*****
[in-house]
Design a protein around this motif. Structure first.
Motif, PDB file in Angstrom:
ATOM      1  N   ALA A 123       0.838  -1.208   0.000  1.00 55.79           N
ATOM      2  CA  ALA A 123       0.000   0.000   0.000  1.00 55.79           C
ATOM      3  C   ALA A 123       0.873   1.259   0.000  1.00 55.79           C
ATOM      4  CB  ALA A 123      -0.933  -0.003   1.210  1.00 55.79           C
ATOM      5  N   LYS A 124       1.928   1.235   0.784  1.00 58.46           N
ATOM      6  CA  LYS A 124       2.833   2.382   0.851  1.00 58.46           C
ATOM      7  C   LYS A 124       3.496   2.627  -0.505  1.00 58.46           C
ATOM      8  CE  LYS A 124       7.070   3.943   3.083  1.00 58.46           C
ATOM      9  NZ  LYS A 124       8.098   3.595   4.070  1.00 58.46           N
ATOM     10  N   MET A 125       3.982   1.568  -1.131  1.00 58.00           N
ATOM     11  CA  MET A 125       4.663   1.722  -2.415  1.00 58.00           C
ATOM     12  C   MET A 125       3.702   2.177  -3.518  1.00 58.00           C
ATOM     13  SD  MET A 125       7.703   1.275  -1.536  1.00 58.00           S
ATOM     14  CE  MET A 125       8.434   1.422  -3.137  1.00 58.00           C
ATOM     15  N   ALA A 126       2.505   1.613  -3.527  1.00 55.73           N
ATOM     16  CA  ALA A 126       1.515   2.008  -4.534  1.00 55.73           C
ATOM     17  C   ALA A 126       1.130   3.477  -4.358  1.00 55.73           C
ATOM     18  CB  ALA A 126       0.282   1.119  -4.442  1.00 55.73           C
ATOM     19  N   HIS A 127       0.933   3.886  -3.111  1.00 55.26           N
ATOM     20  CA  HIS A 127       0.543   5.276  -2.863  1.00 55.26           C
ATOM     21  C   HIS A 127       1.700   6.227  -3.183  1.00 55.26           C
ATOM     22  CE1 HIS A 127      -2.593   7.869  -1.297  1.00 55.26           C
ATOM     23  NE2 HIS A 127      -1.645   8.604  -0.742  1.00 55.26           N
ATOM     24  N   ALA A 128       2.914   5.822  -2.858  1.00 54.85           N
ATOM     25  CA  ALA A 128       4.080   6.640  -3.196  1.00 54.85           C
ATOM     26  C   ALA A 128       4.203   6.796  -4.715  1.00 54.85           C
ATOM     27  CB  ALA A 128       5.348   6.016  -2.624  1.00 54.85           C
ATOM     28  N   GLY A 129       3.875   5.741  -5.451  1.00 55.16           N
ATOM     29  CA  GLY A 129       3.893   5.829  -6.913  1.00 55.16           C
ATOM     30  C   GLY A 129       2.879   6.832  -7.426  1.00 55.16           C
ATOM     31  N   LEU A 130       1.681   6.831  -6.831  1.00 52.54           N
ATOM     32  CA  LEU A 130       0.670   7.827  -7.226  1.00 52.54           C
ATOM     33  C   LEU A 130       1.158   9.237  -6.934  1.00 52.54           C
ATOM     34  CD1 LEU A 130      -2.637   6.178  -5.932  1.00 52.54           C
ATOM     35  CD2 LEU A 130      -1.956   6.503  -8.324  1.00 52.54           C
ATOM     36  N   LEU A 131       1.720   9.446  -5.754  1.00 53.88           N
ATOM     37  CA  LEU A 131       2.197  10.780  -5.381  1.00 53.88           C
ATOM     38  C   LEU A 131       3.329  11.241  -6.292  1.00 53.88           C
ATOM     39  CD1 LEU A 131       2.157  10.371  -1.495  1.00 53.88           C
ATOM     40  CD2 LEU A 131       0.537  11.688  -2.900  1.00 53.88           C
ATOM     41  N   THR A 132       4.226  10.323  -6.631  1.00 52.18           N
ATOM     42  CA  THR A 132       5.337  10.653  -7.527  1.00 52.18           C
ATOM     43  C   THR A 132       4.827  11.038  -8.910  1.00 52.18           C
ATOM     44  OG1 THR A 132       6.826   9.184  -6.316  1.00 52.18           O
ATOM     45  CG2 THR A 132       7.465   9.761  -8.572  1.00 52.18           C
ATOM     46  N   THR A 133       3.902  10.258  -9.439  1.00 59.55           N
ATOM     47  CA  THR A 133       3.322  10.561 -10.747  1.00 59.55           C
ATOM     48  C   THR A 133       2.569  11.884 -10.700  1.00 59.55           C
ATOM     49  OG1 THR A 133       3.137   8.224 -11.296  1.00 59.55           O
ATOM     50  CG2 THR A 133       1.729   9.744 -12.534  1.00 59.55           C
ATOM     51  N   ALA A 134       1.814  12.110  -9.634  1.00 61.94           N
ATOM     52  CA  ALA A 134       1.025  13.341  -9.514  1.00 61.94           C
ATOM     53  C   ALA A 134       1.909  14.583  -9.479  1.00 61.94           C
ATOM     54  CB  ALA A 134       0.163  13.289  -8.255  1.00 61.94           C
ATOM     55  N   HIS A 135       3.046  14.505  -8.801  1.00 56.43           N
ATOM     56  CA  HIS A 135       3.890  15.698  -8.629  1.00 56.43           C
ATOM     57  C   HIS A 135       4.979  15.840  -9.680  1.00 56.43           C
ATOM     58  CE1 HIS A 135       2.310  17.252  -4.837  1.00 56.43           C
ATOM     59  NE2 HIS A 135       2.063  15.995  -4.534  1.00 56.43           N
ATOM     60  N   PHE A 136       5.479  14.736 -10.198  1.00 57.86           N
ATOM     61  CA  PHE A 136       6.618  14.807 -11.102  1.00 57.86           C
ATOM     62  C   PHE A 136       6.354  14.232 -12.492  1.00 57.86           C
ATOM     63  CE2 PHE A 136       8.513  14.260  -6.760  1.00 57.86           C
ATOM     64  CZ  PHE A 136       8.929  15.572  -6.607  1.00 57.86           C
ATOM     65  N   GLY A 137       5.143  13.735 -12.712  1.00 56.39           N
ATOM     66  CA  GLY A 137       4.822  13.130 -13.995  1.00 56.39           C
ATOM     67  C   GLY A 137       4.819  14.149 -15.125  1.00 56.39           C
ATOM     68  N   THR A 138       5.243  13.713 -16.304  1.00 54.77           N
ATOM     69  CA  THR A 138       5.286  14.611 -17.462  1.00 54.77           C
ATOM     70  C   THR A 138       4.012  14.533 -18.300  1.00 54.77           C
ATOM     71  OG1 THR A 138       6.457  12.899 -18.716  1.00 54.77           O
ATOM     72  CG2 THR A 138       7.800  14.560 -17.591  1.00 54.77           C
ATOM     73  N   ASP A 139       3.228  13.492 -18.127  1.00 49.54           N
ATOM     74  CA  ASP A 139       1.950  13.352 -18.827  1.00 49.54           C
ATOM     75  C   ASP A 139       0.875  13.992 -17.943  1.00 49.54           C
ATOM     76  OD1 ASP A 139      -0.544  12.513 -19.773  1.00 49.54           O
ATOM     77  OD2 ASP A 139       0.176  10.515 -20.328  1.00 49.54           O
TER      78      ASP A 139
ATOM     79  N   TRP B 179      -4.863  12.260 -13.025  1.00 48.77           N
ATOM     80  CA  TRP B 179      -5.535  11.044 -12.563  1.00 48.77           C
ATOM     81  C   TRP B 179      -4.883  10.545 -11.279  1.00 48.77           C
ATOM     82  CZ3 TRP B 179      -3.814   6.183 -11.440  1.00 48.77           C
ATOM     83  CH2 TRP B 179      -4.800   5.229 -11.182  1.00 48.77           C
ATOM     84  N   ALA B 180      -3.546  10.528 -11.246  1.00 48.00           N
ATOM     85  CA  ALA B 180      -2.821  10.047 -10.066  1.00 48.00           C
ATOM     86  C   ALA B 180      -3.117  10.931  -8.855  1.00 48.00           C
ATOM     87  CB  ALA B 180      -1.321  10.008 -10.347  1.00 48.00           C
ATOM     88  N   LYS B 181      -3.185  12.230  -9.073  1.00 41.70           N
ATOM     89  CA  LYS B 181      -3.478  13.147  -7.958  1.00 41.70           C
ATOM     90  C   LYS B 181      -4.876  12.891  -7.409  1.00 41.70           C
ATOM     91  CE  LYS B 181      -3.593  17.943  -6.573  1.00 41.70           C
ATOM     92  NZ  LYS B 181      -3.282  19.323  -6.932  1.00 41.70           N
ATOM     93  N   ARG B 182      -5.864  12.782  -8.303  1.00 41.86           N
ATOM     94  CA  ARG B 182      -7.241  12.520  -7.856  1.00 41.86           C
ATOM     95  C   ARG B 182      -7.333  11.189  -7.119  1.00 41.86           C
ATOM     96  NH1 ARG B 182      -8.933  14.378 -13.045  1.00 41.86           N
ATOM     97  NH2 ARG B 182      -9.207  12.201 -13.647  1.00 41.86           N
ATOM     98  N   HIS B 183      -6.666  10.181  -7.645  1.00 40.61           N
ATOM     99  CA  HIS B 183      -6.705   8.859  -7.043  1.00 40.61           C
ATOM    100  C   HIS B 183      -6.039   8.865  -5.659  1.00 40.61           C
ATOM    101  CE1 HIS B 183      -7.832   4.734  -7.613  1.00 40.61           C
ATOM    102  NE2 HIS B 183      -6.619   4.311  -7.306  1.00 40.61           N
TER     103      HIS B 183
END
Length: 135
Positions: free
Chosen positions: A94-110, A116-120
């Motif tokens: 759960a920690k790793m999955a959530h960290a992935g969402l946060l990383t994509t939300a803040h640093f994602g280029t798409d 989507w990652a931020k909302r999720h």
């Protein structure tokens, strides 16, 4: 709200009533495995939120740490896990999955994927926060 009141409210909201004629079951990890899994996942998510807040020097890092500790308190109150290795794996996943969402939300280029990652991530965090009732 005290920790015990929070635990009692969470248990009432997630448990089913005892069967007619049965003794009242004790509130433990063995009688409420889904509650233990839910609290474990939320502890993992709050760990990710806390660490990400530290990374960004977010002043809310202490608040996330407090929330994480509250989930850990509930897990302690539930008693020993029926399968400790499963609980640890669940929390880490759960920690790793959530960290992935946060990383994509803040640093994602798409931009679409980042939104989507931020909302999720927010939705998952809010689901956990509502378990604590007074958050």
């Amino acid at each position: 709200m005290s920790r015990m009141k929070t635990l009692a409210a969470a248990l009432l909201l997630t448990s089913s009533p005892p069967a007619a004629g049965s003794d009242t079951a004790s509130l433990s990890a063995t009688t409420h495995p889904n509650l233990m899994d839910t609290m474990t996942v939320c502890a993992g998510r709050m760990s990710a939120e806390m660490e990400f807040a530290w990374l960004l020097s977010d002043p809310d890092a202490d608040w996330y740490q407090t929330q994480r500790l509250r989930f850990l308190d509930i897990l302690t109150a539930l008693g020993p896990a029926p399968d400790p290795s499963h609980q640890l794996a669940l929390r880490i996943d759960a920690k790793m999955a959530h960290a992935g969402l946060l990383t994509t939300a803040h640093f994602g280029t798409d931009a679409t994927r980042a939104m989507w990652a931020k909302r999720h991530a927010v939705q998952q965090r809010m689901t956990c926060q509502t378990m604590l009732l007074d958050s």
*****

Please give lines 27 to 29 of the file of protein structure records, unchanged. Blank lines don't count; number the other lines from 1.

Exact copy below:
ATOM     24  N   ALA A 128       2.914   5.822  -2.858  1.00 54.85           N
ATOM     25  CA  ALA A 128       4.080   6.640  -3.196  1.00 54.85           C
ATOM     26  C   ALA A 128       4.203   6.796  -4.715  1.00 54.85           C